This is the fiftieth Gunton Archive blog post, and, sadly, also the last. The project is drawing to its close at the end of this month, and the project archivist, Peter Monteith, who created this blog, has kindly invited me (Susan Maddock, Principal Archivist and project manager) to write this final posting.
As project manager, it falls to me to report to our Project Board on the achievements of the project over the past year. This proved a long list, thanks to Peter’s hard work and dedication, and that of our education and outreach team. Equally vital were the contributions made by our funders (the Heritage Lottery Fund, the V&A Purchase Grant Fund and the Friends of the National Libraries), other partners (including the University of East Anglia, Cromer Museum and Cromer Library) and the Gunton volunteers. These are just some of the highlights:
- More than 1,500 new descriptions of documents in the Gunton archive made accessible on the NRO’s online catalogue.
- Conservation work carried out on many of the documents, including some fine estate maps.
- This project blog, launched in September and updated at least weekly thereafter.
- The A Norfolk Estate, its Places and People exhibition, on show for three months in the Long Gallery at The Archive Centre.
- Children’s activities (‘Making Shields’, ‘Making an Almanac’ and ‘Creating a NorfolkTower’) at half-terms and in school holidays.
- Activities for children tested in schools and then converted into six online resources.
- Lord Suffield’s Cromer workshops at Cromer Museum and exhibition at Cromer Library.
Nor is the list yet complete, as the historical walk around Cromer and Overstrand, part of a programme of events under the umbrella of the BBC’s The Great British Story, is still to come. Research by participants in the Lord Suffield’s Cromer workshops, and the documents they consulted, will be used to illuminate the landscape and its history. There is still time to book a place (see the Norfolk Record Office page for our contact details) and the walk takes place on Saturday, 26 May.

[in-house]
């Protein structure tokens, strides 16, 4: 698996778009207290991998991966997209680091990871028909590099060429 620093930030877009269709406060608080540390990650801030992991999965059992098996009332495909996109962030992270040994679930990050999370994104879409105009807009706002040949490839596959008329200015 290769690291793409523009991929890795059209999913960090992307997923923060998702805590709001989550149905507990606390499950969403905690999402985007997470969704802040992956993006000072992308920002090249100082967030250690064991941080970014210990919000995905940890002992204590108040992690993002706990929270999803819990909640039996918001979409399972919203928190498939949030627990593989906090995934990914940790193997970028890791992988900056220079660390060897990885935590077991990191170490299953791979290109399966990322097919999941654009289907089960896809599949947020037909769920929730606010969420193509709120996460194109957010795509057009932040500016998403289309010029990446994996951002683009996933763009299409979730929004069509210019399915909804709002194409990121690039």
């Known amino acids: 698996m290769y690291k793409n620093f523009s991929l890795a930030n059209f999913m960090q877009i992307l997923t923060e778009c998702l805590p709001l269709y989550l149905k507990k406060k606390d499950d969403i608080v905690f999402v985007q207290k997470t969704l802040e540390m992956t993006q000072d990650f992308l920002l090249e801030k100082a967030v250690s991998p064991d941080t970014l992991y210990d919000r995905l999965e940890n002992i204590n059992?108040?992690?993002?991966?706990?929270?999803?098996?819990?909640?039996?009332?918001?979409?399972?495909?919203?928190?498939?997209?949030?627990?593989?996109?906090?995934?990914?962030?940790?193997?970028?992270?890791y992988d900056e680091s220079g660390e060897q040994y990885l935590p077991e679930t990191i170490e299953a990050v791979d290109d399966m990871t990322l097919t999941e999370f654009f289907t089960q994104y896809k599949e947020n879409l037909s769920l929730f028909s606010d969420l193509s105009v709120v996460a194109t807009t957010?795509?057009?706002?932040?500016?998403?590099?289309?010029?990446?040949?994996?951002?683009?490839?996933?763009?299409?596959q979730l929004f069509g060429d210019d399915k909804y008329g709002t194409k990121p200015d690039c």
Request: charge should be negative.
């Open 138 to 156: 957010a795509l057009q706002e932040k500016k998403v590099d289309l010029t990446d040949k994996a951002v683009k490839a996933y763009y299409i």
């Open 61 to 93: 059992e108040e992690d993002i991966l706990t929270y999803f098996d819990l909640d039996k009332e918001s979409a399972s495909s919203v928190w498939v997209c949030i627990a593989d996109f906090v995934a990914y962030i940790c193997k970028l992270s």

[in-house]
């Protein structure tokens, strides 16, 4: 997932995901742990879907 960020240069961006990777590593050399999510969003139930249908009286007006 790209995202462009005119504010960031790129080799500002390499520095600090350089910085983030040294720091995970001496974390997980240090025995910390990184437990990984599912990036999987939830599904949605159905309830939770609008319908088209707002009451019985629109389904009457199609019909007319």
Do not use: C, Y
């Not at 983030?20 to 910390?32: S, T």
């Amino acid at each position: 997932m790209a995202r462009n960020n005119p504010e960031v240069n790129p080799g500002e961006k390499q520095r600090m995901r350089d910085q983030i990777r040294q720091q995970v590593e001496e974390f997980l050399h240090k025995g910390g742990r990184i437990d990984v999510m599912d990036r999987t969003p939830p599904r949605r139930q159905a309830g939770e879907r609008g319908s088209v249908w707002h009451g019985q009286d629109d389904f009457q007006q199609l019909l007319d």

We will also be using some of the resources created during the project in another Great British Story event this weekend: a large-scale regional event at Ickworth House on Sunday, 20 May. The Norfolk Record Office will be in residence on the first floor of the rotunda, offering workshops and advice on tracing the history of your house. Among the resources on show will be facsimiles of some Gunton estate maps and Peter’s illustrated research guide, A Norfolk Estate, its Places and People. Admission to the house, park and gardens is free, and the day is suitable for all ages.
Although there will be no further postings on this particular blog, it will remain as a record of the project, and the electronic versions of the Long Gallery and Cromer exhibitions and the schools resources will continue to be accessible from our own website. With the fiftieth anniversary of the Record Office coming up next year, and more special projects in the pipeline, I very much hope that readers of this blog will keep in touch via our website. This Gunton Archive blog was the first NRO blog, but it will certainly not be the last.
I and my colleagues at the NRO will be very sorry to see Peter go, but we are all delighted that he has not only found a new position, but is staying in our region. He takes up the post of Assistant Archivist at the Archive Centre, King’s College, Cambridge in early June. He has achieved a huge amount in his short time here, and we wish him well in his future career.